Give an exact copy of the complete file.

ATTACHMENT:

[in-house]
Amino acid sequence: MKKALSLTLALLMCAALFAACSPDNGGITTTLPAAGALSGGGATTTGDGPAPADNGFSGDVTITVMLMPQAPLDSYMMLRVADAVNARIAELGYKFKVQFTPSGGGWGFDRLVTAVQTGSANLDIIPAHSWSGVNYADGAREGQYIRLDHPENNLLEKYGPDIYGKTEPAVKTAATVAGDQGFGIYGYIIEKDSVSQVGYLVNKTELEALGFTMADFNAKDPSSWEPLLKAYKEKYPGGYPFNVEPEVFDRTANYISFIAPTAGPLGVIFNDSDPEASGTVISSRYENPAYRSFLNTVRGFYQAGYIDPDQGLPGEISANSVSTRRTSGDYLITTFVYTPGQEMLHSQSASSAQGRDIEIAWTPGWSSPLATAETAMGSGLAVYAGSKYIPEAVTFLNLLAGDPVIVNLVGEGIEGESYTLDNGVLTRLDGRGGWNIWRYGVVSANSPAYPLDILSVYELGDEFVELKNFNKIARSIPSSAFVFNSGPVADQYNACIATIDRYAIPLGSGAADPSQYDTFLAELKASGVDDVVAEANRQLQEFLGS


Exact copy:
[in-house]
Amino acid sequence: MKKALSLTLALLMCAALFAACSPDNGGITTTLPAAGALSGGGATTTGDGPAPADNGFSGDVTITVMLMPQAPLDSYMMLRVADAVNARIAELGYKFKVQFTPSGGGWGFDRLVTAVQTGSANLDIIPAHSWSGVNYADGAREGQYIRLDHPENNLLEKYGPDIYGKTEPAVKTAATVAGDQGFGIYGYIIEKDSVSQVGYLVNKTELEALGFTMADFNAKDPSSWEPLLKAYKEKYPGGYPFNVEPEVFDRTANYISFIAPTAGPLGVIFNDSDPEASGTVISSRYENPAYRSFLNTVRGFYQAGYIDPDQGLPGEISANSVSTRRTSGDYLITTFVYTPGQEMLHSQSASSAQGRDIEIAWTPGWSSPLATAETAMGSGLAVYAGSKYIPEAVTFLNLLAGDPVIVNLVGEGIEGESYTLDNGVLTRLDGRGGWNIWRYGVVSANSPAYPLDILSVYELGDEFVELKNFNKIARSIPSSAFVFNSGPVADQYNACIATIDRYAIPLGSGAADPSQYDTFLAELKASGVDDVVAEANRQLQEFLGS